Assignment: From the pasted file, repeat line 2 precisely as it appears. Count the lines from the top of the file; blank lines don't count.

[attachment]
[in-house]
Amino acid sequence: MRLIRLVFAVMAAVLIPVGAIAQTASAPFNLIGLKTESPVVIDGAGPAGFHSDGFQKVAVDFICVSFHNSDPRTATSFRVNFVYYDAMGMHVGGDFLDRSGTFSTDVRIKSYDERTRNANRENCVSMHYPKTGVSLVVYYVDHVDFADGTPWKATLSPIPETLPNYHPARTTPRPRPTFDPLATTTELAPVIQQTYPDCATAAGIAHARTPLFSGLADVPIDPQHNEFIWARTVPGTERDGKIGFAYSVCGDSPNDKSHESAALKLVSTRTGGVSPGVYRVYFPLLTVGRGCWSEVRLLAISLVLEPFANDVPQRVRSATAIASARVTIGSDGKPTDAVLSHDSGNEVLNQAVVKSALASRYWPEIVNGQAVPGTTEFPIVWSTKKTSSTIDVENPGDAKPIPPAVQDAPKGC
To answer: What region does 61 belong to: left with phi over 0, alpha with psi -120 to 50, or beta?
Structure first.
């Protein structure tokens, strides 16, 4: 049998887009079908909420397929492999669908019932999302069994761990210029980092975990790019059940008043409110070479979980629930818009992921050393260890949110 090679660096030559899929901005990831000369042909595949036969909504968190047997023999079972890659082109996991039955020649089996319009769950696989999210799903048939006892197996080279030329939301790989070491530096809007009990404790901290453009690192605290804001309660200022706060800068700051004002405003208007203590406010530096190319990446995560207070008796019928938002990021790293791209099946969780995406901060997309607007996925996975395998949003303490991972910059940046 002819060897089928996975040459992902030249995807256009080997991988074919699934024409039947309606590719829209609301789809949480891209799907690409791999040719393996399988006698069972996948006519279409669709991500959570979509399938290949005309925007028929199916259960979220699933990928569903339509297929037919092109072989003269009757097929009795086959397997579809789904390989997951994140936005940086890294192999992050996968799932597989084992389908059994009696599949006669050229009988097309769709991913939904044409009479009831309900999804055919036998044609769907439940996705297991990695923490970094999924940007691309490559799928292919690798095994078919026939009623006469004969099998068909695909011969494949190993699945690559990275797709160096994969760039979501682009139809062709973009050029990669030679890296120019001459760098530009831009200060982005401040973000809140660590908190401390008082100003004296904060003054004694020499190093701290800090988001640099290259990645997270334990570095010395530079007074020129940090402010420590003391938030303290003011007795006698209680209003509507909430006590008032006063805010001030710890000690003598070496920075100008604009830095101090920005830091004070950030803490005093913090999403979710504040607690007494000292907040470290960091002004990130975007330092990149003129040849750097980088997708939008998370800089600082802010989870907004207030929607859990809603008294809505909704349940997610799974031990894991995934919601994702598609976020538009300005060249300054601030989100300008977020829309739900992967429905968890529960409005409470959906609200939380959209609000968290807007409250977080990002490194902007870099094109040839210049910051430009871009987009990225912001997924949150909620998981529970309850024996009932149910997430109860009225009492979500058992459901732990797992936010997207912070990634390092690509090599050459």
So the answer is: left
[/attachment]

Amino acid sequence: MRLIRLVFAVMAAVLIPVGAIAQTASAPFNLIGLKTESPVVIDGAGPAGFHSDGFQKVAVDFICVSFHNSDPRTATSFRVNFVYYDAMGMHVGGDFLDRSGTFSTDVRIKSYDERTRNANRENCVSMHYPKTGVSLVVYYVDHVDFADGTPWKATLSPIPETLPNYHPARTTPRPRPTFDPLATTTELAPVIQQTYPDCATAAGIAHARTPLFSGLADVPIDPQHNEFIWARTVPGTERDGKIGFAYSVCGDSPNDKSHESAALKLVSTRTGGVSPGVYRVYFPLLTVGRGCWSEVRLLAISLVLEPFANDVPQRVRSATAIASARVTIGSDGKPTDAVLSHDSGNEVLNQAVVKSALASRYWPEIVNGQAVPGTTEFPIVWSTKKTSSTIDVENPGDAKPIPPAVQDAPKGC